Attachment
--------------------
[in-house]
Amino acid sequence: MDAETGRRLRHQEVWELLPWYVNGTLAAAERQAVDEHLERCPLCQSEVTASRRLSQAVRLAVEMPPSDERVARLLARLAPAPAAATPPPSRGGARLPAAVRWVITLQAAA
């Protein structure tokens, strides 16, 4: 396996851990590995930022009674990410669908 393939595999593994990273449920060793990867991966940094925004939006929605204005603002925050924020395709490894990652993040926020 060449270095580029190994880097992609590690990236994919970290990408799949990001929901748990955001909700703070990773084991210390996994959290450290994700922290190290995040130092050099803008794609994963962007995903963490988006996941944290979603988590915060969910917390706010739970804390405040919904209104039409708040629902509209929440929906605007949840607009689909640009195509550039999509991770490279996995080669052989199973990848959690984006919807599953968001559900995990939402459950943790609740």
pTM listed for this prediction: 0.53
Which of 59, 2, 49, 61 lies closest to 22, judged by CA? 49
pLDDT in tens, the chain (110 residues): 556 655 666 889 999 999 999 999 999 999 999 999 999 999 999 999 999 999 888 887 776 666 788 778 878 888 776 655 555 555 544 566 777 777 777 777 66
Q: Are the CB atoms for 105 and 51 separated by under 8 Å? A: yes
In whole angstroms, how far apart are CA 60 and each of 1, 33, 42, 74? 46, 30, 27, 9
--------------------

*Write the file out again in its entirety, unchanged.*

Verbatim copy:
[in-house]
Amino acid sequence: MDAETGRRLRHQEVWELLPWYVNGTLAAAERQAVDEHLERCPLCQSEVTASRRLSQAVRLAVEMPPSDERVARLLARLAPAPAAATPPPSRGGARLPAAVRWVITLQAAA
């Protein structure tokens, strides 16, 4: 396996851990590995930022009674990410669908 393939595999593994990273449920060793990867991966940094925004939006929605204005603002925050924020395709490894990652993040926020 060449270095580029190994880097992609590690990236994919970290990408799949990001929901748990955001909700703070990773084991210390996994959290450290994700922290190290995040130092050099803008794609994963962007995903963490988006996941944290979603988590915060969910917390706010739970804390405040919904209104039409708040629902509209929440929906605007949840607009689909640009195509550039999509991770490279996995080669052989199973990848959690984006919807599953968001559900995990939402459950943790609740």
pTM listed for this prediction: 0.53
Which of 59, 2, 49, 61 lies closest to 22, judged by CA? 49
pLDDT in tens, the chain (110 residues): 556 655 666 889 999 999 999 999 999 999 999 999 999 999 999 999 999 999 888 887 776 666 788 778 878 888 776 655 555 555 544 566 777 777 777 777 66
Q: Are the CB atoms for 105 and 51 separated by under 8 Å? A: yes
In whole angstroms, how far apart are CA 60 and each of 1, 33, 42, 74? 46, 30, 27, 9